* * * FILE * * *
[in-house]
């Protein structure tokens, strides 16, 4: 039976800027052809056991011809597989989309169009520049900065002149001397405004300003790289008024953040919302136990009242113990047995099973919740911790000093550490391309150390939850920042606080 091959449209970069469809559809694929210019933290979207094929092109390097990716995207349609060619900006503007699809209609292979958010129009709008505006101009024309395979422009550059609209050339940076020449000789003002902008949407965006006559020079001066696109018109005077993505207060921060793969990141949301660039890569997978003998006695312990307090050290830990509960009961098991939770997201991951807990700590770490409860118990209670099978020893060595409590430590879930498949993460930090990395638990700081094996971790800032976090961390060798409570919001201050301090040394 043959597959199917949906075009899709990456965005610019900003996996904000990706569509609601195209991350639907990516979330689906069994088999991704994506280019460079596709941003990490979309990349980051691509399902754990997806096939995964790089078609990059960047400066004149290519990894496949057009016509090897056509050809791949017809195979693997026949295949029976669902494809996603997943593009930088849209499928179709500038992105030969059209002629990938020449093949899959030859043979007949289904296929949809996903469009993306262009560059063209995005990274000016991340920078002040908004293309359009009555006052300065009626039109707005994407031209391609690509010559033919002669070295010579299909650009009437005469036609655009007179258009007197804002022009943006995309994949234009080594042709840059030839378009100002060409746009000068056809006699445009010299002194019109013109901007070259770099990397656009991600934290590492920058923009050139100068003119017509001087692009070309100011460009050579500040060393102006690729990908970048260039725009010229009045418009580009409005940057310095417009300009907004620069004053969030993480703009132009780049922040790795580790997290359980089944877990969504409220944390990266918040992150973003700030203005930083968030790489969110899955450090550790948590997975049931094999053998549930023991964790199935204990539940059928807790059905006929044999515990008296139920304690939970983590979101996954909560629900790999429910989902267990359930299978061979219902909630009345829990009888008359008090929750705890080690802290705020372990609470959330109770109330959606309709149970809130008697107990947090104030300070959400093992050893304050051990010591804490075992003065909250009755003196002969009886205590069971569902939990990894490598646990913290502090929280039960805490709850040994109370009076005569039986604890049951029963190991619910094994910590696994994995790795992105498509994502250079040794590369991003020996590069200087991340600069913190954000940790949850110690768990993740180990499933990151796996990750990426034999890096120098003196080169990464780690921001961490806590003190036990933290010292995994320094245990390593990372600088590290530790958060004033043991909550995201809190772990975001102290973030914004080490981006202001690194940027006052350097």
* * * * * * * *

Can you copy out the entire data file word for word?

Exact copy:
[in-house]
């Protein structure tokens, strides 16, 4: 039976800027052809056991011809597989989309169009520049900065002149001397405004300003790289008024953040919302136990009242113990047995099973919740911790000093550490391309150390939850920042606080 091959449209970069469809559809694929210019933290979207094929092109390097990716995207349609060619900006503007699809209609292979958010129009709008505006101009024309395979422009550059609209050339940076020449000789003002902008949407965006006559020079001066696109018109005077993505207060921060793969990141949301660039890569997978003998006695312990307090050290830990509960009961098991939770997201991951807990700590770490409860118990209670099978020893060595409590430590879930498949993460930090990395638990700081094996971790800032976090961390060798409570919001201050301090040394 043959597959199917949906075009899709990456965005610019900003996996904000990706569509609601195209991350639907990516979330689906069994088999991704994506280019460079596709941003990490979309990349980051691509399902754990997806096939995964790089078609990059960047400066004149290519990894496949057009016509090897056509050809791949017809195979693997026949295949029976669902494809996603997943593009930088849209499928179709500038992105030969059209002629990938020449093949899959030859043979007949289904296929949809996903469009993306262009560059063209995005990274000016991340920078002040908004293309359009009555006052300065009626039109707005994407031209391609690509010559033919002669070295010579299909650009009437005469036609655009007179258009007197804002022009943006995309994949234009080594042709840059030839378009100002060409746009000068056809006699445009010299002194019109013109901007070259770099990397656009991600934290590492920058923009050139100068003119017509001087692009070309100011460009050579500040060393102006690729990908970048260039725009010229009045418009580009409005940057310095417009300009907004620069004053969030993480703009132009780049922040790795580790997290359980089944877990969504409220944390990266918040992150973003700030203005930083968030790489969110899955450090550790948590997975049931094999053998549930023991964790199935204990539940059928807790059905006929044999515990008296139920304690939970983590979101996954909560629900790999429910989902267990359930299978061979219902909630009345829990009888008359008090929750705890080690802290705020372990609470959330109770109330959606309709149970809130008697107990947090104030300070959400093992050893304050051990010591804490075992003065909250009755003196002969009886205590069971569902939990990894490598646990913290502090929280039960805490709850040994109370009076005569039986604890049951029963190991619910094994910590696994994995790795992105498509994502250079040794590369991003020996590069200087991340600069913190954000940790949850110690768990993740180990499933990151796996990750990426034999890096120098003196080169990464780690921001961490806590003190036990933290010292995994320094245990390593990372600088590290530790958060004033043991909550995201809190772990975001102290973030914004080490981006202001690194940027006052350097």